According to the present invention, there has been discovered a new class of cyclic silazanes, namely N-methylhydridosilazanes and polymers thereof, which have been found to be particularly useful in producing high quality silicon nitrides with low silicon carbide contamination and without many of the difficulties encountered in prior art silicon nitride fabrications. The N-methylhydridosilazanes are cyclic compounds having at most only one carbon atom bound to each silicon and a significant proportion of lower bond energy carbon-nitrogen bonds. The cyclic silazanes of the invention are represented by the formula ##STR3## wherein Me represents methyl (CH3), n=3-6, x=0-1 and y=0.25-1. Polymers of the cyclic silazanes are produced as a by-product of the synthesis of the cyclic silazanes or by equilibration of the cyclic silazanes by ammonium salts.
Silicon nitrides may be readily prepared by chemical vapor deposition of the cyclic silazanes or by heating a hydrocarbon solvent solution of a polymeric cyclic silazane to evaporate the solvent and pyrolyze the silazane.
The foregoing summary, as well as the following detailed description will be better understood when read in conjunction with the appended drawings. For the purpose of illustrating the invention, there is shown in the drawings embodiments which are presently preferred, it being understood, however, that this invention is not limited to the precise arrangements shown. In the drawings:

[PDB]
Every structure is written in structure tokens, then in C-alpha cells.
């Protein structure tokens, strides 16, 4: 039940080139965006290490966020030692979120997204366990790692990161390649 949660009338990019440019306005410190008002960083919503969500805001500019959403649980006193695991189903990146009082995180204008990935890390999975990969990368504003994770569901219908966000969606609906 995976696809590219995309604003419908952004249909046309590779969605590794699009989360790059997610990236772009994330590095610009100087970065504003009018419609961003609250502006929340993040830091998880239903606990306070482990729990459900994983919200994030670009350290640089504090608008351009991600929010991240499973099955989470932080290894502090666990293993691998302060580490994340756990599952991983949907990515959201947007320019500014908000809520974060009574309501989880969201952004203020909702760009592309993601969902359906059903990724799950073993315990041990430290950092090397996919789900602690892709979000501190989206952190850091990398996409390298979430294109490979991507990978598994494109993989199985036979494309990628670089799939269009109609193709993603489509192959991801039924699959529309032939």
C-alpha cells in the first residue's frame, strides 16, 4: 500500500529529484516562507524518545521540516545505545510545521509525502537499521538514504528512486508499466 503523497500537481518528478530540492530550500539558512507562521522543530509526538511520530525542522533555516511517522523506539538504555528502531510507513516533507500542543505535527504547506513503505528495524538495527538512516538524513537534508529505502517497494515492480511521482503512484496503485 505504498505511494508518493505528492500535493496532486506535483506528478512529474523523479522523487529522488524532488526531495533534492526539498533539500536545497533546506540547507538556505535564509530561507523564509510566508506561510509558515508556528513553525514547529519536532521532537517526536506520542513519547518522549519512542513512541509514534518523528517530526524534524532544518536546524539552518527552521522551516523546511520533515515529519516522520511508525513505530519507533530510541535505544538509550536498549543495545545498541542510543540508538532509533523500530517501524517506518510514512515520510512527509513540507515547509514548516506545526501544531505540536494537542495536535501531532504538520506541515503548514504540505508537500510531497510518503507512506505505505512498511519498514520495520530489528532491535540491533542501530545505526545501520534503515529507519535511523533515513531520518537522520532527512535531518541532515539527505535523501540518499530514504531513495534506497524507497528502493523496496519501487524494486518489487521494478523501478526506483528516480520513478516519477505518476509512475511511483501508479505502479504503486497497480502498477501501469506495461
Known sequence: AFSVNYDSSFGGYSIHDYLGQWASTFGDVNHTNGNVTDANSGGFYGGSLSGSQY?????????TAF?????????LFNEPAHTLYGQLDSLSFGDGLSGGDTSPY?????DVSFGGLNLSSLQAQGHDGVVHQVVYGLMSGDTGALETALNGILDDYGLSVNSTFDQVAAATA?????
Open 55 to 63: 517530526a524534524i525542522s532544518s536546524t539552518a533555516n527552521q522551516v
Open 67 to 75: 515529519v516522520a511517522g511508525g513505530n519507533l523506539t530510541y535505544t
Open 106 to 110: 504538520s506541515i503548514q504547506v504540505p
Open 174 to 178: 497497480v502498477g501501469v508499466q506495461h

FIG. 1 is a structural formula of 2,6 di-N-methyl-1,3,5,7-tetramethylcyclotetrasilazane.
FIG. 2 is the structural formula for 2,4,6,8 tetra-N-methyl-1,5-dimethylcyclotetrasilazane.
FIG. 3 is a schematic illustration of a simple apparatus used for performing chemical vapor deposition of silicon nitride from cyclic silazanes (see Example III below).
In contrast to the prior art dialkylsilazanes previously considered as silicon nitride precursors, the N-methylhydridosilazanes of the present invention contain at most only one carbon bound to each silicon. These cyclic silazanes have alternating silicon and nitrogen atoms forming the ring structure with one methyl group and one hydrogen atom or two hydrogen atoms on the silicons and a methyl group or hydrogen atom on the nitrogens. The rings may contain from three to six silicon atoms and from three to six nitrogen atoms in alternating sequence around the ring and preferably three or four silicon and three or four nitrogen atoms per ring.
The N-methylhydridosilazanes of the present invention which are particularly preferred as precursors of silicon nitride are the hexamethylcyclotetrasilazanes, namely 1,2,3,5,6,7-hexamethylcyclotetrasilazane (2,6 di-N-methyl-1,3,5,7 tetramethylcyclotetrasilazane) and 1,2,4,5,6,8-hexamethylcyclotetrasilazane (2,4,6,8 tetra-N-methyl-1,5 dimethylcyclotetrasilazane). The structures of these two compounds are shown in FIGS. 1 and 2, respectively.
For the preferred hexamethylcyclotetrasilazanes, a stoichiometric balance exists which may be expressed by the following equation:
C6 H24 Si4 N4 →6CH4 +4Si+4N